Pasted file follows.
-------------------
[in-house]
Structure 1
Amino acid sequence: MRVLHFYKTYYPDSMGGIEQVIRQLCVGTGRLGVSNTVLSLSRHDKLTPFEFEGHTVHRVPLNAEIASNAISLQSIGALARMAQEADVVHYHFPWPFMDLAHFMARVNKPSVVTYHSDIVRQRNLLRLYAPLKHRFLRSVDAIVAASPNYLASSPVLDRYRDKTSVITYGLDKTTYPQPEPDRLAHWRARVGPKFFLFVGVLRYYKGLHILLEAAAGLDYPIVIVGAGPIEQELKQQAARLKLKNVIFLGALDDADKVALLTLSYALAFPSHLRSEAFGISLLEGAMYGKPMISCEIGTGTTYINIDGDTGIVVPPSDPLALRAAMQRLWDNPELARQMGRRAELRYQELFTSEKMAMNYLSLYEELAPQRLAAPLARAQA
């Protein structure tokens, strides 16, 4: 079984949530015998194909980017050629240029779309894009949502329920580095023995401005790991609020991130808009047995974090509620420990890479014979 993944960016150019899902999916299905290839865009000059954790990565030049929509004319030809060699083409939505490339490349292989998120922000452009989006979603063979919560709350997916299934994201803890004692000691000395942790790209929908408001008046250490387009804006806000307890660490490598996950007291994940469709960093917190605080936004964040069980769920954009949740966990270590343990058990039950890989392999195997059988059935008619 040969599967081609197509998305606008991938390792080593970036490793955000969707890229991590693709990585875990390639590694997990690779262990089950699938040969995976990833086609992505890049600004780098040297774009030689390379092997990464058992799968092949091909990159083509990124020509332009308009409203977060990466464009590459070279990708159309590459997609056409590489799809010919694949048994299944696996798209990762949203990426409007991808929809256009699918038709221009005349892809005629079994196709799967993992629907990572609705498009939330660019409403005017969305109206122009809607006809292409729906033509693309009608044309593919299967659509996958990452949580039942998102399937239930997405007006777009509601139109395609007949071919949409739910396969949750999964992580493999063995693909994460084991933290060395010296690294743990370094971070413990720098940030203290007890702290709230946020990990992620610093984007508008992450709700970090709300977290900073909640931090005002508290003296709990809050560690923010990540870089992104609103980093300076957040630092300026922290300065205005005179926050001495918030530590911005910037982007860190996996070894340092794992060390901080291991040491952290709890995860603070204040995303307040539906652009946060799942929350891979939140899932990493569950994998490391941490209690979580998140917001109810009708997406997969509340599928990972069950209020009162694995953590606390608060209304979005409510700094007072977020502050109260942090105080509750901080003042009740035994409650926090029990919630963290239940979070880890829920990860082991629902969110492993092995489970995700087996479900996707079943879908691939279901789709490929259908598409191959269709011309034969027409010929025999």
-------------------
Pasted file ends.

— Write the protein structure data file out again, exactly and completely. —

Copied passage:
[in-house]
Structure 1
Amino acid sequence: MRVLHFYKTYYPDSMGGIEQVIRQLCVGTGRLGVSNTVLSLSRHDKLTPFEFEGHTVHRVPLNAEIASNAISLQSIGALARMAQEADVVHYHFPWPFMDLAHFMARVNKPSVVTYHSDIVRQRNLLRLYAPLKHRFLRSVDAIVAASPNYLASSPVLDRYRDKTSVITYGLDKTTYPQPEPDRLAHWRARVGPKFFLFVGVLRYYKGLHILLEAAAGLDYPIVIVGAGPIEQELKQQAARLKLKNVIFLGALDDADKVALLTLSYALAFPSHLRSEAFGISLLEGAMYGKPMISCEIGTGTTYINIDGDTGIVVPPSDPLALRAAMQRLWDNPELARQMGRRAELRYQELFTSEKMAMNYLSLYEELAPQRLAAPLARAQA
């Protein structure tokens, strides 16, 4: 079984949530015998194909980017050629240029779309894009949502329920580095023995401005790991609020991130808009047995974090509620420990890479014979 993944960016150019899902999916299905290839865009000059954790990565030049929509004319030809060699083409939505490339490349292989998120922000452009989006979603063979919560709350997916299934994201803890004692000691000395942790790209929908408001008046250490387009804006806000307890660490490598996950007291994940469709960093917190605080936004964040069980769920954009949740966990270590343990058990039950890989392999195997059988059935008619 040969599967081609197509998305606008991938390792080593970036490793955000969707890229991590693709990585875990390639590694997990690779262990089950699938040969995976990833086609992505890049600004780098040297774009030689390379092997990464058992799968092949091909990159083509990124020509332009308009409203977060990466464009590459070279990708159309590459997609056409590489799809010919694949048994299944696996798209990762949203990426409007991808929809256009699918038709221009005349892809005629079994196709799967993992629907990572609705498009939330660019409403005017969305109206122009809607006809292409729906033509693309009608044309593919299967659509996958990452949580039942998102399937239930997405007006777009509601139109395609007949071919949409739910396969949750999964992580493999063995693909994460084991933290060395010296690294743990370094971070413990720098940030203290007890702290709230946020990990992620610093984007508008992450709700970090709300977290900073909640931090005002508290003296709990809050560690923010990540870089992104609103980093300076957040630092300026922290300065205005005179926050001495918030530590911005910037982007860190996996070894340092794992060390901080291991040491952290709890995860603070204040995303307040539906652009946060799942929350891979939140899932990493569950994998490391941490209690979580998140917001109810009708997406997969509340599928990972069950209020009162694995953590606390608060209304979005409510700094007072977020502050109260942090105080509750901080003042009740035994409650926090029990919630963290239940979070880890829920990860082991629902969110492993092995489970995700087996479900996707079943879908691939279901789709490929259908598409191959269709011309034969027409010929025999």